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Signs of spring: New life

Corrected and updated April 6, 2021
 

Although lingering patches of snow lie on the ground, the redwing blackbirds are noisily coming to town, bears are coming out of hibernation, and baby animals are being born. It’s spring!

Bonnie Chandler of Prospect Hill Road holds a baby goat. (Photo by Tim Clark)

The other day at Bonnie Chandler’s Fairlea Farm on Prospect Hill Road, a 4-week-old kid, about the size and weight of a house cat, straddled my arm. Its little heart beat strongly, while my other hand stroked its soft white, tan, and black coat.

Little buds on his head felt like the emerging crowns of the garden’s perennial plants poking through the earth. The garden crowns will be daylilies, the buds on the kid’s head will be horns, if they aren’t nipped soon. With a facial expression of infinite wisdom and total acceptance, his golden eyes with their rectangular pupils stared off into the distance, tolerating a stranger’s contact. He was visibly more comfortable when passed back into Chandler’s arms.

Set down on the ground, the kid entered the little barn looking for his mother, while a set of triplets watched. By the looks of some of the other does, brand new kids will soon be joining this sociable nursery. Although the kids get sustaining milk from their mothers, Chandler periodically gives the kids some milk from a bottle so they bond and relate to people.

This is the best time of year for kids to be born: warm enough that temperatures aren’t life-threatening, but too cold for the parasites that cause infections. Chandler said it is exciting to see the newborn kids and to witness the does’ instinctive love and care for their babies.

Over on South Shaker Road, Judy Warner’s eight lambs are learning about the world as the ewes swirl around their babies, offering milk on demand, gently nuzzling and inspecting them, pretending we are not around. “They go to you; you don’t go to them,” Charlotte Vallaeys—Warner’s neighbor—said.

Vallaeys explains that sheeps’ eyes have rectangular pupils, like goats’ eyes, which give them wide-angle views to the sides. She adds that, according to her reading, grazing ewes may appear to be randomly positioned throughout the pasture but, in fact, they are positioned in such a way that, collectively, they can see a predator from any direction, providing matriarchal guardianship.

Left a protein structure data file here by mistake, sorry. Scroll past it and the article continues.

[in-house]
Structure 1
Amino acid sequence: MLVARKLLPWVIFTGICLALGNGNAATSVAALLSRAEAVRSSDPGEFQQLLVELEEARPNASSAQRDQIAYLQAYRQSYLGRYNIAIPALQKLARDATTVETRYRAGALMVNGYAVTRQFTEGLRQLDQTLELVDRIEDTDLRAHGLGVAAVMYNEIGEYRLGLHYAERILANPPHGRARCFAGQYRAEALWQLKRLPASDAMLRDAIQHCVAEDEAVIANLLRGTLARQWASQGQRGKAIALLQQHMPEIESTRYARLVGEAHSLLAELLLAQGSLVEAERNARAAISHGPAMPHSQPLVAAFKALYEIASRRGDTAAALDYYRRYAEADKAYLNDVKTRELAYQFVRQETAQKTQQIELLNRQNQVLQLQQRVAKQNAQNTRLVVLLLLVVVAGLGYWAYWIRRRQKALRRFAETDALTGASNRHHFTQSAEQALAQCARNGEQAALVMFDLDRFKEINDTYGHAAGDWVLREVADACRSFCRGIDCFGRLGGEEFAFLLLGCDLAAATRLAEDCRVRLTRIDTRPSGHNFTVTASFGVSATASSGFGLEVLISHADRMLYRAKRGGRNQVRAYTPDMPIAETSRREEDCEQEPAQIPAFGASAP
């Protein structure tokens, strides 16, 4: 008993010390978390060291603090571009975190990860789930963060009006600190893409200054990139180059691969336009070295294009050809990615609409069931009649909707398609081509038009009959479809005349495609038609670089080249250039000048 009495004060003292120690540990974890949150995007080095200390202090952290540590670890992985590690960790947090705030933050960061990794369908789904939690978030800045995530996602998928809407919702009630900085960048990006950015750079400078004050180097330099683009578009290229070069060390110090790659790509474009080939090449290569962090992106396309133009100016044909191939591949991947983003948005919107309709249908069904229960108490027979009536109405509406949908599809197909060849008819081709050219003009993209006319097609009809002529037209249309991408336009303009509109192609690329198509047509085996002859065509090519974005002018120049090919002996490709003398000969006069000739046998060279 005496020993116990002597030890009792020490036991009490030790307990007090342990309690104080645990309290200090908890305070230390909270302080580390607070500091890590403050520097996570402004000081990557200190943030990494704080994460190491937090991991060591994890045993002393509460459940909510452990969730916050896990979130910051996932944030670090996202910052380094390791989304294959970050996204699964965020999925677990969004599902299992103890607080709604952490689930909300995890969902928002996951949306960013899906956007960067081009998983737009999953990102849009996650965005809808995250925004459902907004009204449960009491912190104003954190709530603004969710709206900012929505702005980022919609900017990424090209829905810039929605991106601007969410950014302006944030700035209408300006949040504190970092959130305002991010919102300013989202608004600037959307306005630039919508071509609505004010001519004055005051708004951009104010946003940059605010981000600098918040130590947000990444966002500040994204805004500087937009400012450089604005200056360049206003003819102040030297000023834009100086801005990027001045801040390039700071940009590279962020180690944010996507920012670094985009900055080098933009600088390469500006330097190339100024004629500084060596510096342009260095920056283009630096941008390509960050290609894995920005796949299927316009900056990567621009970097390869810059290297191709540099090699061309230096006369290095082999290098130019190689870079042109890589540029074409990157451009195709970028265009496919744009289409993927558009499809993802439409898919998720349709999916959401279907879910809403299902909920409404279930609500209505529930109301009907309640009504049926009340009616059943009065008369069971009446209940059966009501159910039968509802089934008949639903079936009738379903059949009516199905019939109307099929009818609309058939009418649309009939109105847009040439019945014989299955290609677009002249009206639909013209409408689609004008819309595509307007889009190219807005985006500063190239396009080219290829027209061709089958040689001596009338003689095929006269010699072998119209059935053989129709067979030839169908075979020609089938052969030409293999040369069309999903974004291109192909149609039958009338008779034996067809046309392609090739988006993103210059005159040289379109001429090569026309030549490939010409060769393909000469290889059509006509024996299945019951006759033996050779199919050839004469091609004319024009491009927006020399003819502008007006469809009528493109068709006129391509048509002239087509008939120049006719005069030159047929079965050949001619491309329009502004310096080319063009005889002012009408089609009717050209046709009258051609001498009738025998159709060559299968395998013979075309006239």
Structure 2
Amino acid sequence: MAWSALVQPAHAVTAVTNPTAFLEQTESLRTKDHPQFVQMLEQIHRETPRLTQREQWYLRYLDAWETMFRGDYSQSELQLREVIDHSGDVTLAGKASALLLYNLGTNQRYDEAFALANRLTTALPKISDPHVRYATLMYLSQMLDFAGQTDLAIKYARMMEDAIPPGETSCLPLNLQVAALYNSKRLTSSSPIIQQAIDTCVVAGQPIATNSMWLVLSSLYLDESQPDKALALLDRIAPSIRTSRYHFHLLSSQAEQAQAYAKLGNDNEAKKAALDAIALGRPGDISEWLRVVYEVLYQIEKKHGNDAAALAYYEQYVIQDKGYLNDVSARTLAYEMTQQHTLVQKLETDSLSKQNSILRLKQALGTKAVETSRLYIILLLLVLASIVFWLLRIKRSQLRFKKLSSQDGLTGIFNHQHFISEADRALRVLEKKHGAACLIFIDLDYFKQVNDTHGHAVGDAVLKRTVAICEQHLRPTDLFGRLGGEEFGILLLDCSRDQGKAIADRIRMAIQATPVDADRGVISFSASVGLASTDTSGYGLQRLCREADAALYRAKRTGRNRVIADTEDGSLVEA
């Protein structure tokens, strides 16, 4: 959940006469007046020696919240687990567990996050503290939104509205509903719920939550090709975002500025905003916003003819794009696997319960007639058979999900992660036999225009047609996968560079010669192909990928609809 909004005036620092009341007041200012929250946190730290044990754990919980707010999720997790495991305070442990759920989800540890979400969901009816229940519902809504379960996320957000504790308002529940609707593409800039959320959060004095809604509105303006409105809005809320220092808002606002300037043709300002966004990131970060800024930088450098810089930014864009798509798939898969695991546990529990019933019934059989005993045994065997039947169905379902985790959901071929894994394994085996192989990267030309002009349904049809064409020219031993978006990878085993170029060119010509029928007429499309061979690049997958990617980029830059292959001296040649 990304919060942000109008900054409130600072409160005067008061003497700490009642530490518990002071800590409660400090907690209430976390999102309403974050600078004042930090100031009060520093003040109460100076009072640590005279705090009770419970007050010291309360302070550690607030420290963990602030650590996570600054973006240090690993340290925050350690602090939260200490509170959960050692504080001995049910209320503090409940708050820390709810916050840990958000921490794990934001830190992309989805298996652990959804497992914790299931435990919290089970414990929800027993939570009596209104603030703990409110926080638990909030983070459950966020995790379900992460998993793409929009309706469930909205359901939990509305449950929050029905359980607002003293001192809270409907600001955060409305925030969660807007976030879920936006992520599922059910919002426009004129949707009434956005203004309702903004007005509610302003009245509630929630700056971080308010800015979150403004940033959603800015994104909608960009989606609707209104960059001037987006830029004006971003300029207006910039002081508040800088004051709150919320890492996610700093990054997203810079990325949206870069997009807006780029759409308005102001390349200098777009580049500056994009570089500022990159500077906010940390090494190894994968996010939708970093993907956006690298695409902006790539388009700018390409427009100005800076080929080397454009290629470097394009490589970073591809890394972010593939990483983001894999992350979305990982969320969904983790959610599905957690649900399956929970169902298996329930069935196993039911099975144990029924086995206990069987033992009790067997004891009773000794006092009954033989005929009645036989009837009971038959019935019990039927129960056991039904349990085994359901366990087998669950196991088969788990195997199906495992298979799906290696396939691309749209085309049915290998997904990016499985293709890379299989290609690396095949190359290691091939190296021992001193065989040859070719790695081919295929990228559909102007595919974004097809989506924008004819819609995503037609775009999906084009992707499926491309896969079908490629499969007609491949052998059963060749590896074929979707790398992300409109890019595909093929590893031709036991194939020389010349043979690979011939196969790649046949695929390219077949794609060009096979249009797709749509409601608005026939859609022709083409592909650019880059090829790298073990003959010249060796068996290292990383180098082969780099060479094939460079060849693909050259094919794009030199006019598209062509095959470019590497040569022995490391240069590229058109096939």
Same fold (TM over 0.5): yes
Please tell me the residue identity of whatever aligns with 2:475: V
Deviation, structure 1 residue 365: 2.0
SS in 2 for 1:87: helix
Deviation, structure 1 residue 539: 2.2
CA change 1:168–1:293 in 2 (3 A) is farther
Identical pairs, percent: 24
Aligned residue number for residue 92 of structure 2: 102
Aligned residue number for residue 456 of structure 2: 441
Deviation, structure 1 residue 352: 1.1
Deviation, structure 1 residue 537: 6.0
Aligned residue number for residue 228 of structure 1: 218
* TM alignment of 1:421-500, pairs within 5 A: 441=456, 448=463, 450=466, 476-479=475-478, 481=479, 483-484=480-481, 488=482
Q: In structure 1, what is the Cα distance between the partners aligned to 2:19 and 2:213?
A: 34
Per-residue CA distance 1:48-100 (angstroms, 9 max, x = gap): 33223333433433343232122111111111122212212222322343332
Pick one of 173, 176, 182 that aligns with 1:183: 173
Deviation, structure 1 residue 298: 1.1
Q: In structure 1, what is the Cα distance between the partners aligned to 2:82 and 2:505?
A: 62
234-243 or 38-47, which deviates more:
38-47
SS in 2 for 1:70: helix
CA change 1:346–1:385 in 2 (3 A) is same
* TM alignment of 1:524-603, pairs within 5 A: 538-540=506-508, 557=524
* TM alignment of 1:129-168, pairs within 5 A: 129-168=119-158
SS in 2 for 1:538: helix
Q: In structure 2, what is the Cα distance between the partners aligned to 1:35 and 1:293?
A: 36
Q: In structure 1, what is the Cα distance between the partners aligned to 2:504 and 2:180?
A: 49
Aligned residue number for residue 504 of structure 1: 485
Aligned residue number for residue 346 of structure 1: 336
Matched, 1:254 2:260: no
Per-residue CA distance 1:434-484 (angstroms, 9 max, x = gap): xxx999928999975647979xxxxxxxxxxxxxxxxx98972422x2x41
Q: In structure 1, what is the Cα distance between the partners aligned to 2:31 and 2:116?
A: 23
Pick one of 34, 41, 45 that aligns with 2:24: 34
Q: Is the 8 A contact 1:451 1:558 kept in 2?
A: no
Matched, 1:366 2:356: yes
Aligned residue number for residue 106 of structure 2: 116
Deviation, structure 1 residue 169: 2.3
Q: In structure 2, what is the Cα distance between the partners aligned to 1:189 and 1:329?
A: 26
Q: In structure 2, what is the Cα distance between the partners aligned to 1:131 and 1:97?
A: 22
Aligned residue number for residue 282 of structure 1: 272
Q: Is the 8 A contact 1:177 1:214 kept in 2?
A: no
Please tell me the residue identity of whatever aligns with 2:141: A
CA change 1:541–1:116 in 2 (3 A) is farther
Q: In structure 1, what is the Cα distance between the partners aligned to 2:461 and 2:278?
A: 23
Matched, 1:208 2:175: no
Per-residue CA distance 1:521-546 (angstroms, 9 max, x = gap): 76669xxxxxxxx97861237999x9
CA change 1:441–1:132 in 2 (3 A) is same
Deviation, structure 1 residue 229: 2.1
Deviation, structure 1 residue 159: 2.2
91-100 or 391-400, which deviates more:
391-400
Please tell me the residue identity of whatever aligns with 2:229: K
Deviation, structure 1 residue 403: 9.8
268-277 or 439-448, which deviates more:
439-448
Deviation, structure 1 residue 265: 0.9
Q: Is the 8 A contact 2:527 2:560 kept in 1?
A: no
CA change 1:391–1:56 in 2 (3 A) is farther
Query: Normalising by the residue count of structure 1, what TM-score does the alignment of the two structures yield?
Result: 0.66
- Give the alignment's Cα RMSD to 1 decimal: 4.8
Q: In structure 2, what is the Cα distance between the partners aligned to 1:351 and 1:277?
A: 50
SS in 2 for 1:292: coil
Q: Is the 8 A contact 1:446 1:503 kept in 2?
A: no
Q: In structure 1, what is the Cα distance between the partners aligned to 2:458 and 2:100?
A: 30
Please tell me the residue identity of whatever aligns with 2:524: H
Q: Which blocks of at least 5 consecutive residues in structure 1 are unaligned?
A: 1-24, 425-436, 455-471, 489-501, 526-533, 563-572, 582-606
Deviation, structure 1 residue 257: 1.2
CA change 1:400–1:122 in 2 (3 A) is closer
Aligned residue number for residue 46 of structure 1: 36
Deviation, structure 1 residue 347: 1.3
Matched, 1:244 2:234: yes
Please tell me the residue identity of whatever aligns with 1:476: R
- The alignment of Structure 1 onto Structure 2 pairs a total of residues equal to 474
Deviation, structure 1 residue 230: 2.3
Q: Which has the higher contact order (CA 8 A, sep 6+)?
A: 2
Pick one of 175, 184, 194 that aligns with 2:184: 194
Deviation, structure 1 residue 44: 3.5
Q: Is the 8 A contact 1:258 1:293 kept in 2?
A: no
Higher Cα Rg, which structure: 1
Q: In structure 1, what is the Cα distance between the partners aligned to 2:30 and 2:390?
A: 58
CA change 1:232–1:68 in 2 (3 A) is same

Liam Kemeza and Herdy the lamb after a supplemental bottle feeding session. (Photo by Jen Manell)

Within an hour after birth it is critical that the lamb stand up and find its mother’s udder to nurse, but sometimes it’s necessary to supplement with a bottle. Soon the lambs begin tasting grass that contains the microbes necessary for gut health, and later, they eat the hay and grain their mothers eat. They get a little salt as well. Warner and Vallaeys are watchful for behaviors, such as crying, that may need human intervention, particularly around feeding and overall health. Eventually the lambs wean themselves off milk, or their mothers may vigorously encourage them to do so.

As Vallaeys and I were leaving the pasture, our backs to the animals, the smallest lamb came trotting behind us, bleating. Looking for the bottle of milk, I suppose. We turned. I bent down to look into its innocent face, the sound of its bleating going straight to my heart.

The trees will suddenly leaf out. The sheep will give up their fleece, clip the grass and maintain the pastures, partake of the apples that will fall in nearby orchards, and the lambs will grow.

In spite of everything, nature’s seasonal renewal has come around again, offering consolation, health, and rebirth we desperately need.

Goats find the photographer interesting. (Photo by Tim Clark)


Editor's note: This article has been corrected and updated. The original article included a wrong name for Bonnie Chandler’s Fairlea Farm.

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